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Today's Stichomancy for Michael Jackson

The first excerpt represents the past or something you must release, and is drawn from A Tramp Abroad by Mark Twain:

wounded you? Ah, forgive me; I am overloading you with labor. Therefore go on with the other details, and drop this one from your list. The bloody-minded Fourtou will be sure to attend to it. Or I myself--yes, to make certain, I will drop a note to my journalistic friend, M. Noir--"

"Oh, come to think of it, you may save yourself the trouble; that other second has informed M. Noir."

"H'm! I might have known it. It is just like that Fourtou, who always wants to make a display."

At half past nine in the morning the procession approached the field of Plessis-Piquet in the following order: first

The second excerpt represents the present or the deciding factor of the moment, and is drawn from Gambara by Honore de Balzac:

which, in us, no doubt, meet with analogous elements that respond to them, sympathize, and magnify them by the power of the mind. Thus the air must include a vast variety of molecules of various degrees of elasticity, and capable of vibrating in as many different periods as there are tones from all kinds of sonorous bodies; and these molecules, set in motion by the musician and falling on our ear, answer to our ideas, according to each man's temperament. I myself believe that sound is identical in its nature with light. Sound is light, perceived under another form; each acts through vibrations to which man is sensitive and which he transforms, in the nervous centres, into ideas.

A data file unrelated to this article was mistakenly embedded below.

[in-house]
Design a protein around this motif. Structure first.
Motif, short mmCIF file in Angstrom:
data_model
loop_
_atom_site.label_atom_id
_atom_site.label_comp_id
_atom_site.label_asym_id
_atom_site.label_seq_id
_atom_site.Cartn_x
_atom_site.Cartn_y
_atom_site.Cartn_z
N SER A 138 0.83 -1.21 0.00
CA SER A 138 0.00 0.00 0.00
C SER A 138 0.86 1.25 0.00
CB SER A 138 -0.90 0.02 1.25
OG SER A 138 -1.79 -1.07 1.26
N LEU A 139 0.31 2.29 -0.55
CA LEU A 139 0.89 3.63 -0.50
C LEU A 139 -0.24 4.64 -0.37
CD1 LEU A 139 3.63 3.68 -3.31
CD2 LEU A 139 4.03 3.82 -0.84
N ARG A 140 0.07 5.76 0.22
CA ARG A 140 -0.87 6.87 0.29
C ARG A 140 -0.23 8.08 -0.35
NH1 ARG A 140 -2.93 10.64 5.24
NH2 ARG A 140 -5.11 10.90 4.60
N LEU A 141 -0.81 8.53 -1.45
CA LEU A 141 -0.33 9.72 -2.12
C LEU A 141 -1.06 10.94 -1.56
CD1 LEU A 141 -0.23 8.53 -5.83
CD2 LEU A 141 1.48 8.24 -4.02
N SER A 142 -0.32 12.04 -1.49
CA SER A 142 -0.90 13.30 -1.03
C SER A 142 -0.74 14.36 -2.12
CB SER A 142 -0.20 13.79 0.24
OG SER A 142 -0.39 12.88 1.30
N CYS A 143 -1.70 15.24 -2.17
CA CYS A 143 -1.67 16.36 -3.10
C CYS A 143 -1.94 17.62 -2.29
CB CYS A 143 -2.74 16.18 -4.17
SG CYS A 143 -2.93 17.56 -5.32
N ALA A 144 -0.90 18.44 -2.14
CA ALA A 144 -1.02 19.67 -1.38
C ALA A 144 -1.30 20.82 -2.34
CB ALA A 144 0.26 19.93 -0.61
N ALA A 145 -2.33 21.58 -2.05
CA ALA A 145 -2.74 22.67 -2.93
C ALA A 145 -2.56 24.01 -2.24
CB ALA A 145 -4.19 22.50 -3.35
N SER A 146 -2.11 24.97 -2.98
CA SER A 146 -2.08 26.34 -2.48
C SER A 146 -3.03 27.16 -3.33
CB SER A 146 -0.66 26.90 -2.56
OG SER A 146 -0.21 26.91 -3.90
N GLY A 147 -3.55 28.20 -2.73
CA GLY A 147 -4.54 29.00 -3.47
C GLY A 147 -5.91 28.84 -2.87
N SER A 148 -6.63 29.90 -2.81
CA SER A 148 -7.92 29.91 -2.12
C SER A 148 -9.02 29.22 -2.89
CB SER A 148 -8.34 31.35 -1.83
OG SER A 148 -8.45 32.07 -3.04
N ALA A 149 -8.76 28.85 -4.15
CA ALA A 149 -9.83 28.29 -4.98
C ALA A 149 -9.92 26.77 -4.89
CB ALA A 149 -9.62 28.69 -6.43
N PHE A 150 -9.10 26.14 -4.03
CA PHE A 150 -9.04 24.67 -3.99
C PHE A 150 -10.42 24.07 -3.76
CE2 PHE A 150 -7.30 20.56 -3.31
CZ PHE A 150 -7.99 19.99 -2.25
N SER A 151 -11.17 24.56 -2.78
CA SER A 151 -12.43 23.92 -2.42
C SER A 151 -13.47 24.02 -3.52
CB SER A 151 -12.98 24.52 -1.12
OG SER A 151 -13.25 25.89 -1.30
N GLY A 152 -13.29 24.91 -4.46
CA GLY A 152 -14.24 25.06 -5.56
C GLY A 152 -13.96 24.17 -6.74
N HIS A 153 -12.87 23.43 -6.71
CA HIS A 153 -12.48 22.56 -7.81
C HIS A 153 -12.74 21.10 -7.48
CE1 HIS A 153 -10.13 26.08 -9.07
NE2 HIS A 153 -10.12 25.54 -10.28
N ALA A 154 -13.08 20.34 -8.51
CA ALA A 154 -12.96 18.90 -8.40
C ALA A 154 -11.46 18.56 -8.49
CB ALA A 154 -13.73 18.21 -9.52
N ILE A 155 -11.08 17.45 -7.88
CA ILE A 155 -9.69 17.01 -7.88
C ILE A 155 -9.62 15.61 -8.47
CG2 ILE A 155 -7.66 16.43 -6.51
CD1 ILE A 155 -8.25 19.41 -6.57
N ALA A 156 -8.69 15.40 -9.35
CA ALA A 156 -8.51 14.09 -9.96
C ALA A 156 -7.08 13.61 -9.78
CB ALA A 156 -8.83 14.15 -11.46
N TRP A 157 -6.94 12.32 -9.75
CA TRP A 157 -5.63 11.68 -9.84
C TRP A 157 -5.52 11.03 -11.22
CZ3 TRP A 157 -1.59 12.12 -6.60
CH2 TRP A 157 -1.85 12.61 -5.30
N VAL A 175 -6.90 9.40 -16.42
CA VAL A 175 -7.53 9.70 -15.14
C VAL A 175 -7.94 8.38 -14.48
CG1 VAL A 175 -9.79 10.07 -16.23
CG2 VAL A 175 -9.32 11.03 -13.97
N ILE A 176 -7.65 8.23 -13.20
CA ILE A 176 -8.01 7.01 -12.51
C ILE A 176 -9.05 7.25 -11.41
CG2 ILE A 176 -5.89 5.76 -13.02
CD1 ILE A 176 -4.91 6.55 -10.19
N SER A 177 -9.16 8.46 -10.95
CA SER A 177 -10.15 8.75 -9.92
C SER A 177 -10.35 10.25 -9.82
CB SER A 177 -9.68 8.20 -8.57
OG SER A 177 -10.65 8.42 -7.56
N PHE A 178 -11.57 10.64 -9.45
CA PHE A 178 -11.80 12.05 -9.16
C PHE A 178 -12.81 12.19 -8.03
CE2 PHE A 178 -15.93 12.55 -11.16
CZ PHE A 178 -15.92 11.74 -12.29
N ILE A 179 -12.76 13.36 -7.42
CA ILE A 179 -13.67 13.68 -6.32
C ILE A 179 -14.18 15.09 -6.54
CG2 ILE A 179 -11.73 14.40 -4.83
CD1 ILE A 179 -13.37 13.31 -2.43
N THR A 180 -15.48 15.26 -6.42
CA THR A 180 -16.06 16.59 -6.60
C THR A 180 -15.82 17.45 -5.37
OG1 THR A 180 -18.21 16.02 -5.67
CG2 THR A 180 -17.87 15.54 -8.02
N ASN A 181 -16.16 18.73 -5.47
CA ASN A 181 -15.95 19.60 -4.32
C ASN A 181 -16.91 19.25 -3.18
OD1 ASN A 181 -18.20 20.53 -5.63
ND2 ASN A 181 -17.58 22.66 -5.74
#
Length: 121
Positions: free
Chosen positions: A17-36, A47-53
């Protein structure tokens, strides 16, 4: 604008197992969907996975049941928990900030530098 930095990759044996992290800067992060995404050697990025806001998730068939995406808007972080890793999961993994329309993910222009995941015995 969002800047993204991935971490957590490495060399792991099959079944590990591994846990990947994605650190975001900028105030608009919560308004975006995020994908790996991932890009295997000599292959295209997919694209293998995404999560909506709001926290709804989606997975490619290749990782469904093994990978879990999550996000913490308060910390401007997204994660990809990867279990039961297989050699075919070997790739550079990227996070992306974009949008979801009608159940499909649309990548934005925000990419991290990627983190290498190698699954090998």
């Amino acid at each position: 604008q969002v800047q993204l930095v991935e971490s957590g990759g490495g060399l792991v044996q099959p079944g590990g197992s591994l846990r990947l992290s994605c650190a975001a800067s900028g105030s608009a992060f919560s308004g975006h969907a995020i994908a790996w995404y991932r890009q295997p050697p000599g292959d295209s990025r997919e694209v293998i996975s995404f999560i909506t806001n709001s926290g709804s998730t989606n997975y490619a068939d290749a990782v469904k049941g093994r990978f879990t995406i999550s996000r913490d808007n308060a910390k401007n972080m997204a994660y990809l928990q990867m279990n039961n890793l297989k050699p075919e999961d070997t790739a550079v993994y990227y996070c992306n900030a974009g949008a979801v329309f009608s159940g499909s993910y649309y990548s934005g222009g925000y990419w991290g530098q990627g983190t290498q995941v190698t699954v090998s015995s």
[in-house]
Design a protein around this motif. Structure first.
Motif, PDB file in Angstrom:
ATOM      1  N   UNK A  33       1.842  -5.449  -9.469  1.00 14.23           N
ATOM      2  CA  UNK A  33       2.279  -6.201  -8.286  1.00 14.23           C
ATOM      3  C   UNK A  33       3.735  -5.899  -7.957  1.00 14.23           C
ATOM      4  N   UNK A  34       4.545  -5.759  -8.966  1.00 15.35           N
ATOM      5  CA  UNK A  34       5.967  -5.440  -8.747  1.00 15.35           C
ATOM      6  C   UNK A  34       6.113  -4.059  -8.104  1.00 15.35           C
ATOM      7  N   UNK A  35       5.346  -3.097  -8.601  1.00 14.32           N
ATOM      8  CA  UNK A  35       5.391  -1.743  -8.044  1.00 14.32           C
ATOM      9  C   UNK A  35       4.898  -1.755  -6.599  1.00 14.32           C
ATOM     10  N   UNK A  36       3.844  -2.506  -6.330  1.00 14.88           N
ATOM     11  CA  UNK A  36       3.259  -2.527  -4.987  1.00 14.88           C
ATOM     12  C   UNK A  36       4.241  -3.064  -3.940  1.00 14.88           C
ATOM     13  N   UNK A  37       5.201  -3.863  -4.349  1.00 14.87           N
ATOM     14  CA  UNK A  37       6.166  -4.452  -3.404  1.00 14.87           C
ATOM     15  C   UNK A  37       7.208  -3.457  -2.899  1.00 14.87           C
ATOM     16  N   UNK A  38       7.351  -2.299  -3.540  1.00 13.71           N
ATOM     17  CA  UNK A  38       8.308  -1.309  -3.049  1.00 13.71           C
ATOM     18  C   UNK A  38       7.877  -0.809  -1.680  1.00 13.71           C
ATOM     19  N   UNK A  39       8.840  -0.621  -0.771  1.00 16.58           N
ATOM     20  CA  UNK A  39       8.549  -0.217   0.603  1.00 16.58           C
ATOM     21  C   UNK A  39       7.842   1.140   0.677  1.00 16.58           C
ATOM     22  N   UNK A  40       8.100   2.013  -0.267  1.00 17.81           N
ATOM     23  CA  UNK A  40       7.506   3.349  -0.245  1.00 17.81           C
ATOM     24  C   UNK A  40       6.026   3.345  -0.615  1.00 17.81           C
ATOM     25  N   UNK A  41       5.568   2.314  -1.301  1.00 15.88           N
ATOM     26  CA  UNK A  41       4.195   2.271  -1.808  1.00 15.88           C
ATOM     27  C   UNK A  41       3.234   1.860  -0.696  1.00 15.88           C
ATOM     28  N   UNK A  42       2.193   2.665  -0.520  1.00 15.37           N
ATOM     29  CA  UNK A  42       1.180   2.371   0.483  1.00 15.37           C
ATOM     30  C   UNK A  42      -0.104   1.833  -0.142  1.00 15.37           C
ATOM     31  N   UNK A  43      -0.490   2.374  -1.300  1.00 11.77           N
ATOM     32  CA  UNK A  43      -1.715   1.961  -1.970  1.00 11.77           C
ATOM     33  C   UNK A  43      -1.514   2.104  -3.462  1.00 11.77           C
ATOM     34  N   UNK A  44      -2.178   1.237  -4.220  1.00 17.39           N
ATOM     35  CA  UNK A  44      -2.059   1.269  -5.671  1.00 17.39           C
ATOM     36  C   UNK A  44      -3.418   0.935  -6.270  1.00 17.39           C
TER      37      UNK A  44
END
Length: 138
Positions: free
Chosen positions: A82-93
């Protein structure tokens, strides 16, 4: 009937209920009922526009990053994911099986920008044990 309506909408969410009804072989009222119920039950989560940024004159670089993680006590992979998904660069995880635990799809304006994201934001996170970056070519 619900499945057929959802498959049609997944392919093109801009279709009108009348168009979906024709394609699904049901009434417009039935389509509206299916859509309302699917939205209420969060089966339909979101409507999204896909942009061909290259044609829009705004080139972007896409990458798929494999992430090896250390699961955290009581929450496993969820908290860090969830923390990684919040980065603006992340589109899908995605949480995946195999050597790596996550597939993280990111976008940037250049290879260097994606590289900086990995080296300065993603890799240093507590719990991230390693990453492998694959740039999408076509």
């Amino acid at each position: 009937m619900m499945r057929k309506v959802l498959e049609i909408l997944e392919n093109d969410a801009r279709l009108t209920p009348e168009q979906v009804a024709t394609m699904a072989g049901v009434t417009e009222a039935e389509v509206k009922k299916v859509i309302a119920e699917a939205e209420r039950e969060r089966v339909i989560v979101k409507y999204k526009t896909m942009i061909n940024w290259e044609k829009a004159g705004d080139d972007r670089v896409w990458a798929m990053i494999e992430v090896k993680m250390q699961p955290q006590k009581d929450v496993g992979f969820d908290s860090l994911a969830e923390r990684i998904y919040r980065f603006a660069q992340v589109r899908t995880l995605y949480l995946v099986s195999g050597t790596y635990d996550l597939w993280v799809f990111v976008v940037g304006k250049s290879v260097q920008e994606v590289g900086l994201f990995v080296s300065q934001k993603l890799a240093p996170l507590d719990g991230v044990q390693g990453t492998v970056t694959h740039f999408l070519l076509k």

The third excerpt represents the future or something you must embrace, and is drawn from Alexandria and her Schools by Charles Kingsley:

hardly rise. The were conscious of their power to build; and it made them ashamed to dig.

Four men only among them seem, as far as I can judge, to have had a great inductive power: Socrates and Plato in Metaphysics; Archimedes and Hipparchus in Physics. But these men ran so far counter to the national genius, that their examples were not followed. As you will hear presently, the discoveries of Archimedes and Hipparchus were allowed to remain where they were for centuries. The Dialectic of Plato and Socrates was degraded into a mere art for making anything appear alternately true and false, and among the Megaric school, for undermining the ground of all science, and paving the way for